(Hat tip to Mark Hunter for the photo)
Zen and the art of process
Hitting the bull’s-eye is all well and good, but it’s useless if you can’t repeat the process.
A good competitive archer doesn’t just aim and hope for the best each time, they work on their breathing, posture and relaxation – they work on their process in order to hone it and repeat it.
Focussing on the outcome might be business 101, but it makes for inconsistent results. Focussing on the process and being conscious of it, however, allows you to perfect it so you can produce excellent results every time.
Focus, process and results
The outcome certainly shouldn’t be ignored – you need to know what you’re aiming for, after all – but by getting the process right, the right outcome will naturally follow.
And, by attaching more worth to the effort you put in towards your goal, you become more focussed on the present moment and the process itself becomes more rewarding and worthwhile.
While it does require some investment of time and effort, figuring out and establishing a logical set of processes for each task produces benefits in the long run that far outweigh the initial investment:
- Process, unlike the outcome, is measurable and repeatable. You got 200 new customers from your marketing campaign. Great! But how did you do it?
- Recording your process means that if the result is bad you can look back, find the weak link and adapt it. Focussing on the process rather than the result encourages experimentation and innovation.
- In the long run, having a good process for routine tasks gives you more time to focus on the more important and profitable aspects of your work.
- It helps you focus and stop procrastinating. If you’re fixated on the destination and have no idea how to get there, your mind will wander. If, however, you have a set of steps to follow, it’s always clear what to do next and how to get to where you’re going.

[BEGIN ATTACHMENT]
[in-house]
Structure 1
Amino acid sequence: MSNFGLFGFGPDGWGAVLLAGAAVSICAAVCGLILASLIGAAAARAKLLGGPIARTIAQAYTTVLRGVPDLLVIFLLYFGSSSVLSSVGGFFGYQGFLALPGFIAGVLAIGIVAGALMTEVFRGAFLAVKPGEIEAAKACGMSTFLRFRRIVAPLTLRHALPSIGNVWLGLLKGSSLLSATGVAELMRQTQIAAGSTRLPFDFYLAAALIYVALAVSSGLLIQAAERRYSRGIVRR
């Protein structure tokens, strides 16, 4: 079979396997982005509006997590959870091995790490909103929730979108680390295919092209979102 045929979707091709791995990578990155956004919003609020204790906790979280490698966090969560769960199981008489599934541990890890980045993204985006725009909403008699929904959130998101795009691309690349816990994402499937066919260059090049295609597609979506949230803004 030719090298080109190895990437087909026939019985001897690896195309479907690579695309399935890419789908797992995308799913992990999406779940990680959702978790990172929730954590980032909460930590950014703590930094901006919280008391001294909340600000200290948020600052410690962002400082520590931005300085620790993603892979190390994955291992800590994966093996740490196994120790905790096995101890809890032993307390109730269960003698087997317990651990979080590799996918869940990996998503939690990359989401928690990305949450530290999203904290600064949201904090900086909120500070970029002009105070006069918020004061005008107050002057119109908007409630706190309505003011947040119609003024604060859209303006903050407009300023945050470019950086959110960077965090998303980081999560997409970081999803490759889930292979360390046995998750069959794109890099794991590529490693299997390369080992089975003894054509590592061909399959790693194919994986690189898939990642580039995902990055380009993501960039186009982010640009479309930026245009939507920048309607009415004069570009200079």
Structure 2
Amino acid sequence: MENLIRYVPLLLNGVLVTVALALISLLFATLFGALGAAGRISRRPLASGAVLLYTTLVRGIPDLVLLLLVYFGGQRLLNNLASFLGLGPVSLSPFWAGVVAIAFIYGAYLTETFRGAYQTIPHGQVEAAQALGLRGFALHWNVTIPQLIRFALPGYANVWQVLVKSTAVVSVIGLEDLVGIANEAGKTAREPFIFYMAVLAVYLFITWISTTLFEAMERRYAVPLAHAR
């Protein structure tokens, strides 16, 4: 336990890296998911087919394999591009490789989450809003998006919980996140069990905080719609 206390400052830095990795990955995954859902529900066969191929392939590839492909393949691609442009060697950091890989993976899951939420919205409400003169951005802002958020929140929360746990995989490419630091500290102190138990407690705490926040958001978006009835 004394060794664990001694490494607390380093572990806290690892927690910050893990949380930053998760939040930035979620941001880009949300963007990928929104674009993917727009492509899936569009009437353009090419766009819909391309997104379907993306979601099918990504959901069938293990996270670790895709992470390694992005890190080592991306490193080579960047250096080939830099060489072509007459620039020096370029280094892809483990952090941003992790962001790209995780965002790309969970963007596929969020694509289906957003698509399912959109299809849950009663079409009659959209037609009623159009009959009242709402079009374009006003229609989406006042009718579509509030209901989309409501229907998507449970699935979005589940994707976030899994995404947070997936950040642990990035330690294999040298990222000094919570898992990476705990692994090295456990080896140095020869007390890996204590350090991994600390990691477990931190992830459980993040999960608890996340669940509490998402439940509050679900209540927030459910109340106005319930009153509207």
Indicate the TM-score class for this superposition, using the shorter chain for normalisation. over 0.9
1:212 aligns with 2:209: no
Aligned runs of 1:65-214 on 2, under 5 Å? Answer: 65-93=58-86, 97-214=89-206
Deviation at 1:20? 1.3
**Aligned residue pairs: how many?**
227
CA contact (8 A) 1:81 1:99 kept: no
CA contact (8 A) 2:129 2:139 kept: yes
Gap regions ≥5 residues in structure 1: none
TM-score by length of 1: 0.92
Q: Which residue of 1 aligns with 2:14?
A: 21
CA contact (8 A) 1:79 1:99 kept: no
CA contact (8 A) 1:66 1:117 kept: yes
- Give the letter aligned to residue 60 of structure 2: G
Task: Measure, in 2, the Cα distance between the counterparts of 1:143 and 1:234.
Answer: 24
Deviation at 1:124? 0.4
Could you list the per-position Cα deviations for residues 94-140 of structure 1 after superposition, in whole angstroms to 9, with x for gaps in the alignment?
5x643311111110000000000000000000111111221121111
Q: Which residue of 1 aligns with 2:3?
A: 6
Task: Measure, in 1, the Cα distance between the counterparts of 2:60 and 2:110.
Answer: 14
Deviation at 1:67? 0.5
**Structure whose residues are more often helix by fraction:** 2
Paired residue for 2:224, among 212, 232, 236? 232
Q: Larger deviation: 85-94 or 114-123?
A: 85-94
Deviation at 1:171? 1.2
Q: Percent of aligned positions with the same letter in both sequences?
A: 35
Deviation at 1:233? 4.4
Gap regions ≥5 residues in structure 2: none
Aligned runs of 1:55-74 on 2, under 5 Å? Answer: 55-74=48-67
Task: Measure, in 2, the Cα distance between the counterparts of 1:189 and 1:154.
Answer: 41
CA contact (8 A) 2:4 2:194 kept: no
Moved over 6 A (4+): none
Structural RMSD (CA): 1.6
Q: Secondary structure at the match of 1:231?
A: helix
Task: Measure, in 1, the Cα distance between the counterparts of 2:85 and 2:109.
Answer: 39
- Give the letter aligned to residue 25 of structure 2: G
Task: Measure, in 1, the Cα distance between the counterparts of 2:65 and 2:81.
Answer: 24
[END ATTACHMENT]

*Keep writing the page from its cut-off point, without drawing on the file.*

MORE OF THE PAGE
- If you need to train a colleague or new hire, you can use your best practice to give them a rough guideline which they can then adapt and build on, letting them hit the ground running.
- With process you can also more accurately value and organise your time. If you know the steps, you know roughly how long the task will take and you can more effectively structure your day.
The Goldilocks principle of process
This is not to say, however, that you should produce a perfect set of processes that you can then tattoo on the back of your hand – process should never become dogmatic. Even if you think you’ve honed your processes, there are always improvements to be made. If you or a colleague find a better way or better tool to do something, experiment with it and see if it’s more effective.
Equally, you don’t want to produce unnecessary bureaucracy. Too much process stifles creativity and productivity, but just the right amount can streamline work and act as a real competitive advantage. And, as we’ve said before, process shouldn’t be imposed; it should be created collaboratively. Process should empower and encourage, not imprison.
Focus on just the outcome and you’ll occasionally achieve excellence, but focus on the process and you’ll consistently create great results.